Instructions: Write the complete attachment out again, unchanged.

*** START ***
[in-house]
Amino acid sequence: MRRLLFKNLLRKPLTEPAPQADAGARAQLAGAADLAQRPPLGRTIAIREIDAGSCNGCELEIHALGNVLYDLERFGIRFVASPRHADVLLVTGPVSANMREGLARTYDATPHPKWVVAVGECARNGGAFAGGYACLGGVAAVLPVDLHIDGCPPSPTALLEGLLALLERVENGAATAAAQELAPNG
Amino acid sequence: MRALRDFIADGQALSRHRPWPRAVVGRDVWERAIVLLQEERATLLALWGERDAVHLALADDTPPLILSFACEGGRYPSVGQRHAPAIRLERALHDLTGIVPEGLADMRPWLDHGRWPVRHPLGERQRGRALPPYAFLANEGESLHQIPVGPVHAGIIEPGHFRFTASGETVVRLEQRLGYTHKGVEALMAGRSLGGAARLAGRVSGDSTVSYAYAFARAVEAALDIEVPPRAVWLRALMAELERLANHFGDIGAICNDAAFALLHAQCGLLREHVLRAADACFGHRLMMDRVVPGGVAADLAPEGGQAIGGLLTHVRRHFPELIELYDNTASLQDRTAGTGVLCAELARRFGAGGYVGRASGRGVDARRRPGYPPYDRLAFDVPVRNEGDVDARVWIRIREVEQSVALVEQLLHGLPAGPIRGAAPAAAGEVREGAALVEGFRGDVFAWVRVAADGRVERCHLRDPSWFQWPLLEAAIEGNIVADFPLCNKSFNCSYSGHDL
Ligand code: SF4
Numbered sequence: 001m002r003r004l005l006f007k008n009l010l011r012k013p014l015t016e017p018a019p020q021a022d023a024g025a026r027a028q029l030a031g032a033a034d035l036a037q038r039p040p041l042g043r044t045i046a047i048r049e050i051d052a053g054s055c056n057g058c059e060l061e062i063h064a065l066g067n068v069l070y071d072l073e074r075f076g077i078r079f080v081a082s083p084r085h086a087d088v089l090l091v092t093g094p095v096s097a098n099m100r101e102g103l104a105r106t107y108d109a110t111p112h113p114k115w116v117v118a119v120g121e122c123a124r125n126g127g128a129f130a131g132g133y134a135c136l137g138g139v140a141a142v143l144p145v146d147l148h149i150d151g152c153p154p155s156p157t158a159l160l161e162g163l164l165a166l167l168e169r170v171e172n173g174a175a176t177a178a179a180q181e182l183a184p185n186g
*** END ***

[in-house]
Amino acid sequence: MRRLLFKNLLRKPLTEPAPQADAGARAQLAGAADLAQRPPLGRTIAIREIDAGSCNGCELEIHALGNVLYDLERFGIRFVASPRHADVLLVTGPVSANMREGLARTYDATPHPKWVVAVGECARNGGAFAGGYACLGGVAAVLPVDLHIDGCPPSPTALLEGLLALLERVENGAATAAAQELAPNG
Amino acid sequence: MRALRDFIADGQALSRHRPWPRAVVGRDVWERAIVLLQEERATLLALWGERDAVHLALADDTPPLILSFACEGGRYPSVGQRHAPAIRLERALHDLTGIVPEGLADMRPWLDHGRWPVRHPLGERQRGRALPPYAFLANEGESLHQIPVGPVHAGIIEPGHFRFTASGETVVRLEQRLGYTHKGVEALMAGRSLGGAARLAGRVSGDSTVSYAYAFARAVEAALDIEVPPRAVWLRALMAELERLANHFGDIGAICNDAAFALLHAQCGLLREHVLRAADACFGHRLMMDRVVPGGVAADLAPEGGQAIGGLLTHVRRHFPELIELYDNTASLQDRTAGTGVLCAELARRFGAGGYVGRASGRGVDARRRPGYPPYDRLAFDVPVRNEGDVDARVWIRIREVEQSVALVEQLLHGLPAGPIRGAAPAAAGEVREGAALVEGFRGDVFAWVRVAADGRVERCHLRDPSWFQWPLLEAAIEGNIVADFPLCNKSFNCSYSGHDL
Ligand code: SF4
Numbered sequence: 001m002r003r004l005l006f007k008n009l010l011r012k013p014l015t016e017p018a019p020q021a022d023a024g025a026r027a028q029l030a031g032a033a034d035l036a037q038r039p040p041l042g043r044t045i046a047i048r049e050i051d052a053g054s055c056n057g058c059e060l061e062i063h064a065l066g067n068v069l070y071d072l073e074r075f076g077i078r079f080v081a082s083p084r085h086a087d088v089l090l091v092t093g094p095v096s097a098n099m100r101e102g103l104a105r106t107y108d109a110t111p112h113p114k115w116v117v118a119v120g121e122c123a124r125n126g127g128a129f130a131g132g133y134a135c136l137g138g139v140a141a142v143l144p145v146d147l148h149i150d151g152c153p154p155s156p157t158a159l160l161e162g163l164l165a166l167l168e169r170v171e172n173g174a175a176t177a178a179a180q181e182l183a184p185n186g